Stump speeches should more sharply focus two key political races
A weekend visit to the Neshoba County Fairgrounds demonstrates that for the politicians and their supporters, the buildup to “Mississippi’s Giant Houseparty” is long since underway. Political signs and placards already dot trees, fence posts and power poles along the seven-mile stretch of Hwy. 21 running south from Philadelphia to the historic fairgrounds.
Inside the fairgrounds and particularly on Founder’s Square, the signs literally obscure every power pole and no small number of the fair cabins. Fair officials have for years enforced a “no signs on the trees” rule as best they could in an attempt to minimize damage to the old oaks on the grounds.
And the fair doesn’t actually start until July 27. The fair’s three-day marathon of political speaking will commence on Tuesday, July 31 and continue daily until the speeches conclude on Thursday, Aug. 2 with a speech from Gov. Phil Bryant between 10:30 and 11 a.m. that day. By longstanding tradition, a Mississippi governor makes the last speech and gets the last word annually from the state’s premier political stump.
The Tuesday, July 31 speeches will feature remarks from Neshoba County area judicial and legislative officials including District Attorney Steven Kilgore, Chancery Judge Joseph Kilgore, State Sen. Jenifer Branning, State Rep. C. Scott Bounds, and Circuit Judges Mark Duncan and Chris Collins. There is a contested judicial race in the 6th Chancery Court Place 2 Judge’s position between candidates Rosalind Jordan and Kiley Kirk.
On Wednesday, Aug. 1, the speakers will be statewide elected officials including Central District Public Service Commissioner Cecil Brown, Central District Transportation Commissioner Dick Hall, Insurance Commissioner Mike Chaney, State Auditor Shad White and Secretary of State Delbert Hosemann.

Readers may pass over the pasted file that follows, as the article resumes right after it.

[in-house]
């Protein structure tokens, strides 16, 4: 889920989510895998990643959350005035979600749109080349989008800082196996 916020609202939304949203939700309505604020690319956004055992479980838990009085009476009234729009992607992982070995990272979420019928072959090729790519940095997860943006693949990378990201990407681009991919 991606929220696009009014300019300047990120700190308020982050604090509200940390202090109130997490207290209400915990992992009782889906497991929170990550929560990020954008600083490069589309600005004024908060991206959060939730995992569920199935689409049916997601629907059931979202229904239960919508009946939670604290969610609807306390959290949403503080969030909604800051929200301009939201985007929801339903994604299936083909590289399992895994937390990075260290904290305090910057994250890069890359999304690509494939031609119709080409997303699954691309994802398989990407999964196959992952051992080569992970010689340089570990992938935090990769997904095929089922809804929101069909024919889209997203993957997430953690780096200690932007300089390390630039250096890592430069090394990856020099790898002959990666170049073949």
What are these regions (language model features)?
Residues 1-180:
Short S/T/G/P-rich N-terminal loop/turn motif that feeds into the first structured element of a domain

Democratic Class II U.S. Senate candidate Tobey Bartee will speak early on Wednesday. Also speaking on Wednesday will be Third District U.S. House nominees Michael Ted “Big Country” Evans and Michael Guest. U.S. Rep. Gregg Harper, the retiring GOP congressman Evans and Guest are seeking to follow, will give a farewell address to fairgoers as well.
But the marquee speeches on August 1 will come from incumbent Democratic Attorney General Jim Hood and incumbent GOP Lt. Gov. Tate Reeves. The two speeches are highly anticipated as forerunners of a possible 2019 gubernatorial race matchup between the pair — although Hood has remained more reticent about his 2019 intentions to date than has Reeves.
Thursday, Aug. 2 marks the final day of political speaking at the 2018 Neshoba County Fair. Statewide officials set to speak that day will include State Treasurer Lynn Fitch, Commissioner of Agriculture Andy Gibson, and Republican House Speaker Philip Gunn.
Incumbent Class I Republican U.S. Sen. Roger Wicker is not scheduled to speak, but three challengers in his race — Democratic nominee David Baria, and perennial candidates Danny Bedwell and Shawn O’Hara — are slated to speak on Thursday.
Perhaps the most closely watched speeches of the week will come from Class II U.S. Senate candidates headed for an open primary showdown in November. Those candidates will include Republicans State Sen. Chris McDaniel, Democratic candidate and former secretary of agriculture and Mississippi congressman Mike Espy, and Republican incumbent U.S. Sen. Cindy Hyde-Smith.
Expect fireworks from the Senate candidates on Thursday from both parties. Many observers are likewise anxious to hear what second-term Republican Gov. Phil Bryant — who appointed Hyde-Smith to the Senate vacancy and who has previously criticized McDaniel — will have to say batting cleanup after McDaniel, Espy, and Hyde-Smith have said their pieces.
Sid Salter is a syndicated columnist. Contact him at email@example.com